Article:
Scripture Focus: 1 Chronicles 28.4-6
4 “Yet the Lord, the God of Israel, chose me from my whole family to be king over Israel forever. He chose Judah as leader, and from the tribe of Judah he chose my family, and from my father’s sons he was pleased to make me king over all Israel. 5 Of all my sons—and the Lord has given me many—he has chosen my son Solomon to sit on the throne of the kingdom of the Lord over Israel. 6 He said to me: ‘Solomon your son is the one who will build my house and my courts, for I have chosen him to be my son, and I will be his father.
Reflection: Renamed by God — Hope of Advent
By John Tillman
Naming, in ancient cultures, was greatly important. Names were intended to remind children of who they were and to place them within the story of their family. Their names followed familial patterns and repeated names from the past.
Scripture usually calls Solomon by the name his father David gave him but God gave Solomon another name. God named him Jedidiah, which means “loved by the Lord.” (2 Samuel 12.25) God renamed Solomon because God claimed Solomon as his son and promised to be his father.
Like Solomon, we have a mixed history. Our family patterns may include violence, lust, destruction, suffering, slavery, exile, or many other damaging and hurtful things. Names today are more often chosen simply by sound or for uniqueness with little meaning behind them. Modern legal names don’t tend to reflect our histories but those aren’t our only names, are they?
We have other names that we have been called or that we call ourselves. Many of these names come from dark places or express our worst feelings and fears. Failure. Foolish. Ugly. Fat. Unworthy. Unloveable. Hopeless. These are haunting names all of us have heard at one time or another.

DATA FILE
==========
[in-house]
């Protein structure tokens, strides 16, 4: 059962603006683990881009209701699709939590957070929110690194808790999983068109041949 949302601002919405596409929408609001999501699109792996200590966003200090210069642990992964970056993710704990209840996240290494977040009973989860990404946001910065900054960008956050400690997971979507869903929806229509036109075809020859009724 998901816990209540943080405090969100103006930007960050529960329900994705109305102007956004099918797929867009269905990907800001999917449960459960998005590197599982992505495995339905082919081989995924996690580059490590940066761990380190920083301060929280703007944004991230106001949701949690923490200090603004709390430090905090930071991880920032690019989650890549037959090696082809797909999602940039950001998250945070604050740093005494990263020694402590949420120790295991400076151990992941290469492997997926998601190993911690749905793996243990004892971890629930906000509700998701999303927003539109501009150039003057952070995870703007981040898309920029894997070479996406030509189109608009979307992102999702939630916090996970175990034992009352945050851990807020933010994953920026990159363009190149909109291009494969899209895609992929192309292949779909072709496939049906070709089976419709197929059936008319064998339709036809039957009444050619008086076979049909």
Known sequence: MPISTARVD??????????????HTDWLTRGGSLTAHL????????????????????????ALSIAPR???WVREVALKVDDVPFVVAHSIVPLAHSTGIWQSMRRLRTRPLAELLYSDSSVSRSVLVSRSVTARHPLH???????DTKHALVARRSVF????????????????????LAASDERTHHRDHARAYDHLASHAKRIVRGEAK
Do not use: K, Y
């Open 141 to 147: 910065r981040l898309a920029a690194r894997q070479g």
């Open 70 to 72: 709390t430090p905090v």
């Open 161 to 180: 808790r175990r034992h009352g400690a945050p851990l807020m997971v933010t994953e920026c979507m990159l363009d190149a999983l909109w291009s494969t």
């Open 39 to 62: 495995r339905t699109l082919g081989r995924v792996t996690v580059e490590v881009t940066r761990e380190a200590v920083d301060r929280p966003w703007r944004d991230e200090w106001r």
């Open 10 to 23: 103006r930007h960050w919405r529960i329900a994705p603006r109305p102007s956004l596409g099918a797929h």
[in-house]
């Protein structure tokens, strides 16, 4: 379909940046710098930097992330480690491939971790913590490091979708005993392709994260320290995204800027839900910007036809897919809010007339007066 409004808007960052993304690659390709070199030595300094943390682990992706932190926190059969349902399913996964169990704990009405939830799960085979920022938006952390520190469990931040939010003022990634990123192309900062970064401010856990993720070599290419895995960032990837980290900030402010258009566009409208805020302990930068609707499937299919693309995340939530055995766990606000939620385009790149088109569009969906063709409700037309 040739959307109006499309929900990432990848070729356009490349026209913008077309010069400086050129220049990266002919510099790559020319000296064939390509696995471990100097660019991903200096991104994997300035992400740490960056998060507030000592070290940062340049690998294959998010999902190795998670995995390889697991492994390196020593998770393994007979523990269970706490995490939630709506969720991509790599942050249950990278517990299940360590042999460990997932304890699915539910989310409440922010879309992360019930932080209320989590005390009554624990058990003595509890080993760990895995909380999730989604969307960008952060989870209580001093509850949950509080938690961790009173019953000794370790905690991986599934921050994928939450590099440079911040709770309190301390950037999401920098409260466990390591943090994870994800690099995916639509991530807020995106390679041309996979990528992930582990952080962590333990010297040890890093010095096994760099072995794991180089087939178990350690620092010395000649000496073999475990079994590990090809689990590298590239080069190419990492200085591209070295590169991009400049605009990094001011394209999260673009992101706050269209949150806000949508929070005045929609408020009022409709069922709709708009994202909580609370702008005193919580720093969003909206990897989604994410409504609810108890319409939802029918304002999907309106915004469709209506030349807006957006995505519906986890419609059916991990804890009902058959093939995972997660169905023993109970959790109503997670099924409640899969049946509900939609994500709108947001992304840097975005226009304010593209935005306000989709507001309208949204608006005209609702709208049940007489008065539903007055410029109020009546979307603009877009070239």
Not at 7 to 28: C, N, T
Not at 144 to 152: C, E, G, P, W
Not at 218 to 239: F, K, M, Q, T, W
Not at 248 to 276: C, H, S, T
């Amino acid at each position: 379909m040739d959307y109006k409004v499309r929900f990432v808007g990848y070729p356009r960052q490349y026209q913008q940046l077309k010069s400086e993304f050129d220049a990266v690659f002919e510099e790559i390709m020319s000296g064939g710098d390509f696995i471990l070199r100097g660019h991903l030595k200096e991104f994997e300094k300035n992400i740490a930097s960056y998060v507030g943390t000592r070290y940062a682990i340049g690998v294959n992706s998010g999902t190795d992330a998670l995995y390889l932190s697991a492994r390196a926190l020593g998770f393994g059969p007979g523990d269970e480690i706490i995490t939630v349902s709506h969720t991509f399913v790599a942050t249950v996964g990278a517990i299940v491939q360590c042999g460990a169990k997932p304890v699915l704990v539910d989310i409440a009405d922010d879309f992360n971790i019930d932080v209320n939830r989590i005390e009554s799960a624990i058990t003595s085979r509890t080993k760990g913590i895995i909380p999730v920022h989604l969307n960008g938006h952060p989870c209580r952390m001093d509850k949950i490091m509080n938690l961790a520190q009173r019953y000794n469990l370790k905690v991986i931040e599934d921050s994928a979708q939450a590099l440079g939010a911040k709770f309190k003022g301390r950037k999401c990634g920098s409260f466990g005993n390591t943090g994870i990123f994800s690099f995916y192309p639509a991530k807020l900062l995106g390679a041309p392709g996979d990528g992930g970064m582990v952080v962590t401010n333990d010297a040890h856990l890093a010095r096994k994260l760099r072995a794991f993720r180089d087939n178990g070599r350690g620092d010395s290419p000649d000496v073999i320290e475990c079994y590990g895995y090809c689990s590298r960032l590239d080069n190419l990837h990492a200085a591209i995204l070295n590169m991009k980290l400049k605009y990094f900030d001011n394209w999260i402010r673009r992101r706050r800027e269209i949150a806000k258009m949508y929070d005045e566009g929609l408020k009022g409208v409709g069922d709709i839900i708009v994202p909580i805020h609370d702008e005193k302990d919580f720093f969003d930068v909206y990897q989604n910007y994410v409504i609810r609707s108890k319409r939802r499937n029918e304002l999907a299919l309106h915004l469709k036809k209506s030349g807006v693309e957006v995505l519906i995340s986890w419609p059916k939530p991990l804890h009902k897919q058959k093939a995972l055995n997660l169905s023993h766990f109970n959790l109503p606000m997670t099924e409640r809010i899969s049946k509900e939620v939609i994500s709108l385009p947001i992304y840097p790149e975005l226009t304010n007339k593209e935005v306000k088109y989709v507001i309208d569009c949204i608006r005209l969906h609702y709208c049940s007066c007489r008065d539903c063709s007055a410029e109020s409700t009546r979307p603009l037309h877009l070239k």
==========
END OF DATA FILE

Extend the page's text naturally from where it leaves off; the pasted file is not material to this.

Our history or pain can “name” us. Naomi let bitterness change her name to “Mara.” Nebuchadnezzar forced Shadrach, Meshach, and Abednego to accept names reflecting Babylonian religion and culture. Rachel attached her own pain to her second son, naming him Ben-Oni or “son of my trouble.”
Those gathered after the birth of Zechariah and Elizabeth’s child did not take Elizabeth’s word that he would be called “John” because it didn’t fit the pattern of their history. When Zechariah confirmed it by writing, his tongue was loosed to prophesy. (Luke 1.59-66)
We don’t have to continue in life with the haunting names that fit our histories. Like Solomon, God has a new name for us. Our new identity is hidden in Christ and given to us as we are adopted by God. (Isaiah 56.5; Revelation 2.17)
New names bring us new hope. Christ’s name is to be called, “Wonderful counselor, the mighty God.” Like the shepherds who sought for him, we must seek him to live in the authority and power of our new name and our adoption as God’s children. Our new names will remind us of whose we are and where our place is within God’s story.
Divine Hours Prayer: The Refrain for the Morning Lessons
I will bear witness that the Lord is righteous; I will praise the Name of the Lord Most High. — Psalm 7.18
– From The Divine Hours: Prayers for Autumn and Wintertime by Phyllis Tickle.
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Christ takes great pleasure in his Beloved and he calls us by a new name.